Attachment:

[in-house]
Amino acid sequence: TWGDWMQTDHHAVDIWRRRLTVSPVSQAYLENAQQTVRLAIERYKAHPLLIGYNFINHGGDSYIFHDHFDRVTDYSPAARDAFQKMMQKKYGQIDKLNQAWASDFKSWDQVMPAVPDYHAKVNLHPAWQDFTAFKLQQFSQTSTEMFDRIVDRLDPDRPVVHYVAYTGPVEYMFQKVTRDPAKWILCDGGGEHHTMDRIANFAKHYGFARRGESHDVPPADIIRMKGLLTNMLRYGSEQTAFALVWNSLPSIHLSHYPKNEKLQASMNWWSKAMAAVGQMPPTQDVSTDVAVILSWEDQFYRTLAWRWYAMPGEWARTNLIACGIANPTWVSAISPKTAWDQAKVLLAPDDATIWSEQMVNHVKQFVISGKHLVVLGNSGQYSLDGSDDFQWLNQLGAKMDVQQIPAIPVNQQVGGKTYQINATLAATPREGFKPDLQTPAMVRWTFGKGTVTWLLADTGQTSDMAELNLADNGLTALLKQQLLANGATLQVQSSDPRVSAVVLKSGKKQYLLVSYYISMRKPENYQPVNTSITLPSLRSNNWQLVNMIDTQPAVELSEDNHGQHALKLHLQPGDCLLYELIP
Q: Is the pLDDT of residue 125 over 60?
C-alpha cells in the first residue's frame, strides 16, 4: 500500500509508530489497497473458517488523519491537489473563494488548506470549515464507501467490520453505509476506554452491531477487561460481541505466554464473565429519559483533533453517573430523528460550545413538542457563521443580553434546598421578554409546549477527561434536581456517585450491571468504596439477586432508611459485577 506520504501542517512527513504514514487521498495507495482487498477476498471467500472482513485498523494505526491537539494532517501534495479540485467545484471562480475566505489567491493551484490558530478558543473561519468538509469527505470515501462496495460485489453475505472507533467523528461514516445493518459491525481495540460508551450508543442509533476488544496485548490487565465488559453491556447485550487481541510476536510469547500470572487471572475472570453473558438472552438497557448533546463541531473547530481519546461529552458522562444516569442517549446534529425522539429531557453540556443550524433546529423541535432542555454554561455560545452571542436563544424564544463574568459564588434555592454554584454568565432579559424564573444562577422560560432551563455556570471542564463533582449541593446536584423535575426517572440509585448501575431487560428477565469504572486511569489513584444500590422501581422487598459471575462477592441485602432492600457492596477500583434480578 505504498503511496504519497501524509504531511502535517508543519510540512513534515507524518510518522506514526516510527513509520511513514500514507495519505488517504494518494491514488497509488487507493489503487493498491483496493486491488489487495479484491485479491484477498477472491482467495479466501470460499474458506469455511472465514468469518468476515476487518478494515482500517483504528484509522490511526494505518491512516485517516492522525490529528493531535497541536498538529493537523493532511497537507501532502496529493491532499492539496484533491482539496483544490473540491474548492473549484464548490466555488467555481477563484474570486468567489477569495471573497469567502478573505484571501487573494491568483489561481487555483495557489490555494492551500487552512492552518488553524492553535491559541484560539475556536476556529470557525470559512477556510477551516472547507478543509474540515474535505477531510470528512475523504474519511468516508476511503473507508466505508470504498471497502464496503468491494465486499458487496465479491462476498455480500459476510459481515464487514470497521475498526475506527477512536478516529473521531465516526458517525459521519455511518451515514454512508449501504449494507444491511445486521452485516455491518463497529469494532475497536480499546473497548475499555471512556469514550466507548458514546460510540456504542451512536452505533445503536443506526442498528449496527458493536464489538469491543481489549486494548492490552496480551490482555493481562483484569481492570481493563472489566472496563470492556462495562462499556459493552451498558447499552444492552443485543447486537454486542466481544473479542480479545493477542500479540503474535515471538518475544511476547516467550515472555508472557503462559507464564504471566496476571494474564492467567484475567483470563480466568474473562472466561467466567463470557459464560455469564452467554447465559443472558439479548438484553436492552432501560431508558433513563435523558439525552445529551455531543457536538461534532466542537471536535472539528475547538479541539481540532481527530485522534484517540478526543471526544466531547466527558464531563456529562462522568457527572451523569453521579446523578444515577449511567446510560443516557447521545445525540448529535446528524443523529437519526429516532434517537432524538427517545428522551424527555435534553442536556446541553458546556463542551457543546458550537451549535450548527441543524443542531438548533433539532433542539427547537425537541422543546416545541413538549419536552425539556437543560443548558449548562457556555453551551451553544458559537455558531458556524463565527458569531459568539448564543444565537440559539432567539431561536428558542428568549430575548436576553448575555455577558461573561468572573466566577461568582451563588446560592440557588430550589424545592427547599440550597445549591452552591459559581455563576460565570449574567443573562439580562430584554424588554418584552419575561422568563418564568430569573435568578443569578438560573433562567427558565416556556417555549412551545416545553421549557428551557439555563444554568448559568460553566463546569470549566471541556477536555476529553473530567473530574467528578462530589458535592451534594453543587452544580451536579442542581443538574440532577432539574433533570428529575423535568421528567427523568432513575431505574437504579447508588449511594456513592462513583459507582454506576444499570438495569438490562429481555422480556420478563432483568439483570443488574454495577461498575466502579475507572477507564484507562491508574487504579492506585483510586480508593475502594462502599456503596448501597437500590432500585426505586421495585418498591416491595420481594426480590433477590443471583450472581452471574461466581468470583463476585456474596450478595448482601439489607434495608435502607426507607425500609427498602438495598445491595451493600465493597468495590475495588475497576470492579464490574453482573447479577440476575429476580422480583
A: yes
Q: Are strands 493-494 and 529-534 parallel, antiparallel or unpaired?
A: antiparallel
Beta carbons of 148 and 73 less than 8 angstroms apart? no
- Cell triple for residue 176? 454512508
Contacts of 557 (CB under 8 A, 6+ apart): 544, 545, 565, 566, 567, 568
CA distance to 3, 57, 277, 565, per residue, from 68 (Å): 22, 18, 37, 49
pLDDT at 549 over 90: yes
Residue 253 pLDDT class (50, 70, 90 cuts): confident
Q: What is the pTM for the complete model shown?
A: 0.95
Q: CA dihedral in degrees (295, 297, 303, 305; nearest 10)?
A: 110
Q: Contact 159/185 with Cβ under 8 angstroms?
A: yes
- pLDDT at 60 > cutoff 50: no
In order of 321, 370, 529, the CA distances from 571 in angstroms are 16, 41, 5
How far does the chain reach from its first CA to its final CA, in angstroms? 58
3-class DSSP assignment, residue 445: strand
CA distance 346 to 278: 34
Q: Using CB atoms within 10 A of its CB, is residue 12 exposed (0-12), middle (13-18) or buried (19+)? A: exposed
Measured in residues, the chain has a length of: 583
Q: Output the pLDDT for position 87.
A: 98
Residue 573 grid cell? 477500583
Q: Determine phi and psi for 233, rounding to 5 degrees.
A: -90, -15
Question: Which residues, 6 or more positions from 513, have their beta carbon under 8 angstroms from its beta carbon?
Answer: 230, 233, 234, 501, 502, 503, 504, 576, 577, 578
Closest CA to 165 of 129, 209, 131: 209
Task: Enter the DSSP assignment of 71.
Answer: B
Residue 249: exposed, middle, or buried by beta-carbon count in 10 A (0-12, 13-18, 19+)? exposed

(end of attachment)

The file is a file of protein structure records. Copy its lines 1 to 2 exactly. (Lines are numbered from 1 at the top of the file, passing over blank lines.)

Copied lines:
[in-house]
Amino acid sequence: TWGDWMQTDHHAVDIWRRRLTVSPVSQAYLENAQQTVRLAIERYKAHPLLIGYNFINHGGDSYIFHDHFDRVTDYSPAARDAFQKMMQKKYGQIDKLNQAWASDFKSWDQVMPAVPDYHAKVNLHPAWQDFTAFKLQQFSQTSTEMFDRIVDRLDPDRPVVHYVAYTGPVEYMFQKVTRDPAKWILCDGGGEHHTMDRIANFAKHYGFARRGESHDVPPADIIRMKGLLTNMLRYGSEQTAFALVWNSLPSIHLSHYPKNEKLQASMNWWSKAMAAVGQMPPTQDVSTDVAVILSWEDQFYRTLAWRWYAMPGEWARTNLIACGIANPTWVSAISPKTAWDQAKVLLAPDDATIWSEQMVNHVKQFVISGKHLVVLGNSGQYSLDGSDDFQWLNQLGAKMDVQQIPAIPVNQQVGGKTYQINATLAATPREGFKPDLQTPAMVRWTFGKGTVTWLLADTGQTSDMAELNLADNGLTALLKQQLLANGATLQVQSSDPRVSAVVLKSGKKQYLLVSYYISMRKPENYQPVNTSITLPSLRSNNWQLVNMIDTQPAVELSEDNHGQHALKLHLQPGDCLLYELIP